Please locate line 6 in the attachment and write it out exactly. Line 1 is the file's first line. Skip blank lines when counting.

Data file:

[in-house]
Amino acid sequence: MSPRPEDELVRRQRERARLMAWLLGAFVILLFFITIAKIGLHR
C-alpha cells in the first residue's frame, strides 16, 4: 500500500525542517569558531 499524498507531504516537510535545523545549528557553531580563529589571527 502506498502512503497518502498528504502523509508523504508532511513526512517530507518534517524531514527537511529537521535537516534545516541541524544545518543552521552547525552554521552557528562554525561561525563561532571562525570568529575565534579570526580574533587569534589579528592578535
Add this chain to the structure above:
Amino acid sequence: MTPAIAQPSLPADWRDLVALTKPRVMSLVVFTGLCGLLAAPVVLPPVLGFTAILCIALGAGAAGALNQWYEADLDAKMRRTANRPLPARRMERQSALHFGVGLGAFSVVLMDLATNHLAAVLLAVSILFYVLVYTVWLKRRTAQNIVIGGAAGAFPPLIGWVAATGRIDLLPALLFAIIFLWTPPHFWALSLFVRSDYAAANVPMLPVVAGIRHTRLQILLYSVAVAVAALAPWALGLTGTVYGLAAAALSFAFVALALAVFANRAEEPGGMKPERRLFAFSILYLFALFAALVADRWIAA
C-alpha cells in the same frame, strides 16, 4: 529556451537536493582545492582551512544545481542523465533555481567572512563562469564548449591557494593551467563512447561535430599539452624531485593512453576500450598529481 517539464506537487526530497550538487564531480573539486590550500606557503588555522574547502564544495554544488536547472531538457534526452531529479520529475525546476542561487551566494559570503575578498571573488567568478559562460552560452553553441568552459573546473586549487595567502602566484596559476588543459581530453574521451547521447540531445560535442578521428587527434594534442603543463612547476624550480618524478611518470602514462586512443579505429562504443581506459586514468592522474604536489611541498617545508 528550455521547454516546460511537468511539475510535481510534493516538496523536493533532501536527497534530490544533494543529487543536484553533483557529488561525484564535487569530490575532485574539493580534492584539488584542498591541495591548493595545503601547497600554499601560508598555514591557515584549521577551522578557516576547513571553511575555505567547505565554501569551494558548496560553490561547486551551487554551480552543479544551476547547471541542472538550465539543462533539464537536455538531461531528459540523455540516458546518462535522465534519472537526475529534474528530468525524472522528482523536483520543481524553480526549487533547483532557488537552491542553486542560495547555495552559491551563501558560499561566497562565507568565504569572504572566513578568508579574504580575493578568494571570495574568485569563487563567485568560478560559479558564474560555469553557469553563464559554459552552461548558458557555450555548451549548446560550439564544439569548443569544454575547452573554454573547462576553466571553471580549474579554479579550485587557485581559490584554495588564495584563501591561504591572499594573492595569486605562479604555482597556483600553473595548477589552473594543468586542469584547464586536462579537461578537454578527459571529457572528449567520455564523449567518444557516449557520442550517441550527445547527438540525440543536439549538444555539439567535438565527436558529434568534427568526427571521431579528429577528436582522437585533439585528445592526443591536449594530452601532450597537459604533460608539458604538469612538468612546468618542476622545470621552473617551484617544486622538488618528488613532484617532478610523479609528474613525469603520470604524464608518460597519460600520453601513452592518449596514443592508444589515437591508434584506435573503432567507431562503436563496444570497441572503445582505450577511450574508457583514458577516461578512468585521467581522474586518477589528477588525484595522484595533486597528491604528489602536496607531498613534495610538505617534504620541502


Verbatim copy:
C-alpha cells in the same frame, strides 16, 4: 529556451537536493582545492582551512544545481542523465533555481567572512563562469564548449591557494593551467563512447561535430599539452624531485593512453576500450598529481 517539464506537487526530497550538487564531480573539486590550500606557503588555522574547502564544495554544488536547472531538457534526452531529479520529475525546476542561487551566494559570503575578498571573488567568478559562460552560452553553441568552459573546473586549487595567502602566484596559476588543459581530453574521451547521447540531445560535442578521428587527434594534442603543463612547476624550480618524478611518470602514462586512443579505429562504443581506459586514468592522474604536489611541498617545508 528550455521547454516546460511537468511539475510535481510534493516538496523536493533532501536527497534530490544533494543529487543536484553533483557529488561525484564535487569530490575532485574539493580534492584539488584542498591541495591548493595545503601547497600554499601560508598555514591557515584549521577551522578557516576547513571553511575555505567547505565554501569551494558548496560553490561547486551551487554551480552543479544551476547547471541542472538550465539543462533539464537536455538531461531528459540523455540516458546518462535522465534519472537526475529534474528530468525524472522528482523536483520543481524553480526549487533547483532557488537552491542553486542560495547555495552559491551563501558560499561566497562565507568565504569572504572566513578568508579574504580575493578568494571570495574568485569563487563567485568560478560559479558564474560555469553557469553563464559554459552552461548558458557555450555548451549548446560550439564544439569548443569544454575547452573554454573547462576553466571553471580549474579554479579550485587557485581559490584554495588564495584563501591561504591572499594573492595569486605562479604555482597556483600553473595548477589552473594543468586542469584547464586536462579537461578537454578527459571529457572528449567520455564523449567518444557516449557520442550517441550527445547527438540525440543536439549538444555539439567535438565527436558529434568534427568526427571521431579528429577528436582522437585533439585528445592526443591536449594530452601532450597537459604533460608539458604538469612538468612546468618542476622545470621552473617551484617544486622538488618528488613532484617532478610523479609528474613525469603520470604524464608518460597519460600520453601513452592518449596514443592508444589515437591508434584506435573503432567507431562503436563496444570497441572503445582505450577511450574508457583514458577516461578512468585521467581522474586518477589528477588525484595522484595533486597528491604528489602536496607531498613534495610538505617534504620541502